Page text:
On Thursday, March 28, the RTD bus stop at 26th and Colorado will close, as crews begin prep work to install new sidewalk on the west side of Colorado Boulevard from 23rd to 26th Avenues. Along Colorado Boulevard, the RTD stops at 29th Avenue and just south on 23rd Avenue will remain open. Beginning Monday, April 1, sidewalk installation will start, requiring one southbound lane to close on Colorado Boulevard along that stretch to accommodate equipment and safety of crews. Work is expected to take about two weeks, weather permitting.
15L Bus Shelters Getting a Makeover from RTD
RTD is getting ready to give dozens of bus stops in Denver and Aurora some much needed improvements. From new lights to more security, it’s a complete overhaul in some spots.
The 15L East Colfax Route Improvement project to upgrade 37 bus stops between Broadway in Denver and I-225 in Aurora includes enhanced shelters with lighting, security cameras and benches.
Click here for more information.
Community Forester Workshops
Have you ever wanted to learn more about trees, advocate for our urban forest, educate others or help improve your community's tree canopy? Local nonprofit, The Park People, is pleased to partner with Denver Parks & Recreation to host the Community Forester program – a fun and informative five-workshop series that will teach participants about trees and prepare them to act as stewards of the urban tree canopy.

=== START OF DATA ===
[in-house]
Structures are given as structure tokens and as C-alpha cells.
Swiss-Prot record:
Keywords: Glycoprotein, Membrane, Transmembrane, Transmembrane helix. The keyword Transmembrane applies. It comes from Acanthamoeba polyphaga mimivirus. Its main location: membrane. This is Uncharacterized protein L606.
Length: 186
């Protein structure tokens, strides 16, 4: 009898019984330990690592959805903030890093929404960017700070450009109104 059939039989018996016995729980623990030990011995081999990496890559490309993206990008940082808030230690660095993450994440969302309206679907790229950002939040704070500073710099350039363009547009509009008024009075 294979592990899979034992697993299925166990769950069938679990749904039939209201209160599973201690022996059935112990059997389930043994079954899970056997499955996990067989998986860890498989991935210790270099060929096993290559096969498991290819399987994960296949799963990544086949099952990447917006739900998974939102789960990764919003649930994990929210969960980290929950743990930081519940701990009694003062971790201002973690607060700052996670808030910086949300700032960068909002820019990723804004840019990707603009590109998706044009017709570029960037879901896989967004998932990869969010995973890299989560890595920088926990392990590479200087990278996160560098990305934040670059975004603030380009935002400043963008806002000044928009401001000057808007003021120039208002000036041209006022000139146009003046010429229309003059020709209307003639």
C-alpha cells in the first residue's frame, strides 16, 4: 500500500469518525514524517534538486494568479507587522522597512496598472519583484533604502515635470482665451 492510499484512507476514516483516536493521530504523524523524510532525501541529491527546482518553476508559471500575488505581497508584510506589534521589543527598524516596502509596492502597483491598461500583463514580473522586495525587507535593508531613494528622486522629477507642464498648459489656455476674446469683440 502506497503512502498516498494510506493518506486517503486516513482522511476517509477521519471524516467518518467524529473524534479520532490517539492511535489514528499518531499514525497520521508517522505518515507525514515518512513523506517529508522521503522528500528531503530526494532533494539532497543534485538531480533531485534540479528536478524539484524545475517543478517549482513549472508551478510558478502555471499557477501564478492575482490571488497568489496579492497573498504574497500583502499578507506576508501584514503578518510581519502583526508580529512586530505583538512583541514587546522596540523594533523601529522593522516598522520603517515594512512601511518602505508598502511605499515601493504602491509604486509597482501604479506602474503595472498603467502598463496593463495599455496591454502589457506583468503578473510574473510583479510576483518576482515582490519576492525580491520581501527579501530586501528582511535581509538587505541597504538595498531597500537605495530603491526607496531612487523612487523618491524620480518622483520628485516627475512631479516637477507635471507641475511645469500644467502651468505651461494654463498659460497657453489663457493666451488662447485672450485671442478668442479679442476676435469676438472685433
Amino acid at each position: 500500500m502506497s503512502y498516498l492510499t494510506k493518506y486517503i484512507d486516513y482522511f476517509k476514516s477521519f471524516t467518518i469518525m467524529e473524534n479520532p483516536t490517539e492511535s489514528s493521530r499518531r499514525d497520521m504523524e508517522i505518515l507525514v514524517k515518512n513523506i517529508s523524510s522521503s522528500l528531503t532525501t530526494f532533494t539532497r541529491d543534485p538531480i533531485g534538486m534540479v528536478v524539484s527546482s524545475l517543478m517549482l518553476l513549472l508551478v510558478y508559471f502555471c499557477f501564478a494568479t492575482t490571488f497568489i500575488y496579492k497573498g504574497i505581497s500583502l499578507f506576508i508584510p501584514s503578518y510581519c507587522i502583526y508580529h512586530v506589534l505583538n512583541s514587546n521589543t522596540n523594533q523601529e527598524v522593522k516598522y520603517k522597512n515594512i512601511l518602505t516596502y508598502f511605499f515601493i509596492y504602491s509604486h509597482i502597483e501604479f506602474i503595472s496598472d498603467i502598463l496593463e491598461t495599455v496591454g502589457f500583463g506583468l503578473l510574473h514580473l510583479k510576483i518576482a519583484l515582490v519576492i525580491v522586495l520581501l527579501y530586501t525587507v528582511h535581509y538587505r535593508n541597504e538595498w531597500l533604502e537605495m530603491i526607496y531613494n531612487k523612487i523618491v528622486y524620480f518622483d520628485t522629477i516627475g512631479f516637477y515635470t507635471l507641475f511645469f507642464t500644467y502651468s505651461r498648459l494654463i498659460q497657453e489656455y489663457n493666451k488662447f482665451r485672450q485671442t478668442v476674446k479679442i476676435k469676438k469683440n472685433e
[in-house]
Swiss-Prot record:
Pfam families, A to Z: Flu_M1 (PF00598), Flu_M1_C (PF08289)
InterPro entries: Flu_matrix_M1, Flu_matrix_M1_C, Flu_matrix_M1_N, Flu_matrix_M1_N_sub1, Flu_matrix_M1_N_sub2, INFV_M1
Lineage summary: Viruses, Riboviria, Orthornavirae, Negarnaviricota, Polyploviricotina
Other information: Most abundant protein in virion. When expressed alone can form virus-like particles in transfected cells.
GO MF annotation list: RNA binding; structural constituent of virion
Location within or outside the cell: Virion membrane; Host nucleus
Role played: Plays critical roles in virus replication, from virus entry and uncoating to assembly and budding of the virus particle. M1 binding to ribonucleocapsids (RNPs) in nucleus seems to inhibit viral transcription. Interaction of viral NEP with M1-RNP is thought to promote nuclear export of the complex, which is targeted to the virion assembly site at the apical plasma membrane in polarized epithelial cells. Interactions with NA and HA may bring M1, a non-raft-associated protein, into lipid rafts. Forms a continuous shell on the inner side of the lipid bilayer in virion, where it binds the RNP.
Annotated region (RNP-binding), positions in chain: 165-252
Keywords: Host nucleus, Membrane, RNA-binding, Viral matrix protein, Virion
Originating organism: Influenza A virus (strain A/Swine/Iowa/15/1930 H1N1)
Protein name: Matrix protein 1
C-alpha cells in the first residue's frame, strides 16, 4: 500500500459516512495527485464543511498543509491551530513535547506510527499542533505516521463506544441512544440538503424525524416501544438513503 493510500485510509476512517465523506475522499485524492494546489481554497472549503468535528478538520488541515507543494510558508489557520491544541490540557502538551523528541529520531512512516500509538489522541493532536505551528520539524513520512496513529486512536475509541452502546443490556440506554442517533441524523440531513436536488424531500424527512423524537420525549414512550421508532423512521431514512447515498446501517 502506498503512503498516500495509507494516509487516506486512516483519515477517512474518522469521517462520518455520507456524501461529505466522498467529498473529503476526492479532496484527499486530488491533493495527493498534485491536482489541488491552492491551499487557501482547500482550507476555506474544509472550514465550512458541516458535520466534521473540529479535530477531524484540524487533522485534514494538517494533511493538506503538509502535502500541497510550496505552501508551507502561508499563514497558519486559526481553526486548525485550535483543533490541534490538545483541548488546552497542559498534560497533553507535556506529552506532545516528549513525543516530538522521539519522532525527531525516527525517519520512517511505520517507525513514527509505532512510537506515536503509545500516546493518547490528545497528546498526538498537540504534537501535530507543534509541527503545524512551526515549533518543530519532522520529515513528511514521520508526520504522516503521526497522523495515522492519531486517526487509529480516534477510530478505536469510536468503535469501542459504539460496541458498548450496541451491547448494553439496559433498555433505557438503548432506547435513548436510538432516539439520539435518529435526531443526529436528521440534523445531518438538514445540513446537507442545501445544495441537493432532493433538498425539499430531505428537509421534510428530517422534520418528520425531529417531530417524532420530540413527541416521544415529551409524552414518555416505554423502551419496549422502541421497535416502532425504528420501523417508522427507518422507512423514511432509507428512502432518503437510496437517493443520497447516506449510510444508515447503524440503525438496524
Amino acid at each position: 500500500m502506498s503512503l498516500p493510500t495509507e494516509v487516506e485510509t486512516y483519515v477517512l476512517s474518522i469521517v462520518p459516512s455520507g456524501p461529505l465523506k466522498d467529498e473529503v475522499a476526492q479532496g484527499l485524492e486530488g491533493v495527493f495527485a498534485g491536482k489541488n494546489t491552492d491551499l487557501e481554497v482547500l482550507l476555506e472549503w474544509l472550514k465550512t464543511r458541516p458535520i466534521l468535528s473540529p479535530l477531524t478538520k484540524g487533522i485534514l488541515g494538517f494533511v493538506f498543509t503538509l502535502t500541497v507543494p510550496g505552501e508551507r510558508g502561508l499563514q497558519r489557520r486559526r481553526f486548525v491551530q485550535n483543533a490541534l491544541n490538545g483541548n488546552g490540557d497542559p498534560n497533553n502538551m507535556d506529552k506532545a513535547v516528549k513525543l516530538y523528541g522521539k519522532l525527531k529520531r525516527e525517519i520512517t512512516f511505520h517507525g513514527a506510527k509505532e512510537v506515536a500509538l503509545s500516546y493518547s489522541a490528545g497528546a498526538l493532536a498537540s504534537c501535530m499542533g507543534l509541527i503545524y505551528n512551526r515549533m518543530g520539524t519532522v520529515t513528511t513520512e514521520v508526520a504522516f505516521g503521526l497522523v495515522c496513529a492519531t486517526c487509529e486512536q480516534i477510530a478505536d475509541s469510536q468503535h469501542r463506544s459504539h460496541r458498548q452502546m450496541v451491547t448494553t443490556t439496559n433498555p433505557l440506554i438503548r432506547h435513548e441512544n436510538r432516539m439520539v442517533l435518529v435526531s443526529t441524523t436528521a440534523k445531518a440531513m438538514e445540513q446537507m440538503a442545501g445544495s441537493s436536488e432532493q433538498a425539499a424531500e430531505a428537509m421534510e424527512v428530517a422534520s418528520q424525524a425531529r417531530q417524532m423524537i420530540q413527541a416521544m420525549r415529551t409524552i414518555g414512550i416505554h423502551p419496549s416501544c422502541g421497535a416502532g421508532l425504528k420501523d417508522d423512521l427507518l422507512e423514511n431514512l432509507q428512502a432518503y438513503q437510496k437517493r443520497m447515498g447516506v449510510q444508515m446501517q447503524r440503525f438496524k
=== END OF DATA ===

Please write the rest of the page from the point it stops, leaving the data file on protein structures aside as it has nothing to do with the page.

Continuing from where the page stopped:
This is a great opportunity to support our environment, urban forest, community health and quality of life in Denver. For more information, click here.
Dustin redd project
Funding has been secured for the redevelopment of the west side playground at City Park known as Dustin Redd Playground. Final plans have been drafted by the City. The City estimates a completion date in 2020 for the new playground. More information will follow as we get construction dates.
League of Women Voters Bulb Sale
Every spring the League of Women Voters of Denver sells high-quality flower bulbs to deliver in the fall. We have been working with the same supplier, a Holland native who lives in Colorado half the year, for over 20 years. He knows what works in Colorado, and the bulbs come directly from Holland. We have pictures of all the products we sell, which include hyacinths, tulips, daffodils, various miscellaneous bulbs and indoor forcing bulbs such as paperwhites and amaryllis.
Leaguers take orders for flower bulbs in April and May and then deliver them in October after the shipment arrives from Holland. Purchasers may select blooms for their yards, for gifts or they may choose to donate them to a public school or park to help beautify Denver. Please consider buying your fall bulbs from us--getting an exceptional product while helping the League.
To order, click here.